Yeah, and I think it's the education, combined with having the right support, to be able to really talk through what is, you know, going to be best for you and to also, you know, be able to have someone help you facilitate those decisions that are going to need to be made along the way, because the impact of that really is saving a lot of time, money, undue stress and, you know, kind of like we were talking about increasing your confidence, you know, around your ability to engage in the divorce process successfully and also, to you know, have that next chapter be as beautiful as it can be.

Karin Nelson: 25:05

Oh, that's such a beautiful way of saying it and I love that so much. I feel like we should just mic drop done, nailed it. Those two things are so key and I totally agree. I think that those two things the knowledge is power, and having somebody in your corner, you know, support system that is really going to help you through this process are huge when it comes to adding to your confidence, you know, getting you through this transition and moving forward to create the kind of life that you want. I think that's all such a beautiful, beautiful way of like tying it all in a bow and saying here you go, you've made it through this process, and now what? Now, where do you want to go from here?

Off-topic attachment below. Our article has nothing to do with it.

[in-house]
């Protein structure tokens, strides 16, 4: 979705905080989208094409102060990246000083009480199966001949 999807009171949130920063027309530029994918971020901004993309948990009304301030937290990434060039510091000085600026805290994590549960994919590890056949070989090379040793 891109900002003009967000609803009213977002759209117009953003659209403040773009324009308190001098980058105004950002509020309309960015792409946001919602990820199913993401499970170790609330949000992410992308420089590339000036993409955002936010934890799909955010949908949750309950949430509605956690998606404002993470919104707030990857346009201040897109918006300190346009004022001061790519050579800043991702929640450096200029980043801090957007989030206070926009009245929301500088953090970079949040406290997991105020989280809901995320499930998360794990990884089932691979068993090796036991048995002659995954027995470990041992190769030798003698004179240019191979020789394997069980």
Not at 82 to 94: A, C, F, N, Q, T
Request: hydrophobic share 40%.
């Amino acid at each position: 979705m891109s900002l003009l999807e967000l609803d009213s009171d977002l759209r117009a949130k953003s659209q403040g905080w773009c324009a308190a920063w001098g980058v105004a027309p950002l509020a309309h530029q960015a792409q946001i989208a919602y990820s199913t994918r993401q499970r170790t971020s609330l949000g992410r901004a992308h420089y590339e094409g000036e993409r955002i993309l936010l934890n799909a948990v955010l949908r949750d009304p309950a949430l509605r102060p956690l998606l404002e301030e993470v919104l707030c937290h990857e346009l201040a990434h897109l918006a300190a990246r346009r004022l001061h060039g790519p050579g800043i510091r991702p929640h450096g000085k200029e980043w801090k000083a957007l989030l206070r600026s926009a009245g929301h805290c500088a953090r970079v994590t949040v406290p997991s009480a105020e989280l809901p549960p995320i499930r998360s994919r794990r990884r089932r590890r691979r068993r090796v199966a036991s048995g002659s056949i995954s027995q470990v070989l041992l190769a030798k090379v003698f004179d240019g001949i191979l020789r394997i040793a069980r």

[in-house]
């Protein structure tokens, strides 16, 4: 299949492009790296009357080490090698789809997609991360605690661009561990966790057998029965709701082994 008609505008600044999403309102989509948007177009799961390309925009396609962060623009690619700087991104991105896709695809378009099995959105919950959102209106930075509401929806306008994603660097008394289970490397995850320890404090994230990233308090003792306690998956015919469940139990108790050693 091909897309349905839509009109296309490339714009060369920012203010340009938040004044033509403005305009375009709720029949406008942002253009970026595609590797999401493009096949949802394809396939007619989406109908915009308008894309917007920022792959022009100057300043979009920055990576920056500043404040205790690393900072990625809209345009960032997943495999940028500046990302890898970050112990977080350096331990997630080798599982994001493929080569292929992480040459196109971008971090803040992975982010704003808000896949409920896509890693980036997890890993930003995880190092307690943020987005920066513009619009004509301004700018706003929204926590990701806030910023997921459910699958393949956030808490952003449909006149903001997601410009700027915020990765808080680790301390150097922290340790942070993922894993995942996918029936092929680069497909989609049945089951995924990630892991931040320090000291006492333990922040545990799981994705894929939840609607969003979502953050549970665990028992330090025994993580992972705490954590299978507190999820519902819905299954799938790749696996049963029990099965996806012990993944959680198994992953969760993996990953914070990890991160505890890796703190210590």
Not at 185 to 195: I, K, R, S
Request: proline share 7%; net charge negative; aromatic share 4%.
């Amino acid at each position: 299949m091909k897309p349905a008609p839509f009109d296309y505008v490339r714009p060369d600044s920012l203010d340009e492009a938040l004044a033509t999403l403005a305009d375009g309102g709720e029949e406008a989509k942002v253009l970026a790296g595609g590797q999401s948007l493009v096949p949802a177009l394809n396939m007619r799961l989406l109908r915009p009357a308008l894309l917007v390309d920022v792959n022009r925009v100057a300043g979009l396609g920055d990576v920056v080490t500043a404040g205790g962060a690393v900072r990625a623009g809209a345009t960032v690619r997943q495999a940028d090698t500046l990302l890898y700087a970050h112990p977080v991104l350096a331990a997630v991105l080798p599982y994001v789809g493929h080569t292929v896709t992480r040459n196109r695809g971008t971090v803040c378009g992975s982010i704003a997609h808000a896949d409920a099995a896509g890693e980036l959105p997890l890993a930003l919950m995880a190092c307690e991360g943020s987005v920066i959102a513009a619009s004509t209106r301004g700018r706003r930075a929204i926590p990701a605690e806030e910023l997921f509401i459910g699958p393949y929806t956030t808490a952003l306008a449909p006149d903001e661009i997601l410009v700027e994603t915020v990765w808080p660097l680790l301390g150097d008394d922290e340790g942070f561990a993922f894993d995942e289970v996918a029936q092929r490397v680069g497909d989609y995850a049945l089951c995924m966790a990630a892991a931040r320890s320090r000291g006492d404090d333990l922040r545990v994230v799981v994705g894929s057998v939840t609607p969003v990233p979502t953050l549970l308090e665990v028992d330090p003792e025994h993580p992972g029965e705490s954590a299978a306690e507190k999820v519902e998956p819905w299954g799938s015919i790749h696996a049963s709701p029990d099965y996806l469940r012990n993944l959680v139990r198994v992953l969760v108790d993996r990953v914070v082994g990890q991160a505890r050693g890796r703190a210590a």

Lauren Fair: 25:47

Yeah, I think it's just really important to remember that you really are the captain of your own divorce ship. You know you have lots of input, you have help around you, but really you are the one that is in charge and should be. You know directing how it proceeds and you know being able to navigate an unfamiliar and difficult legal process and the life transition that comes with it is just can be a transformative experience.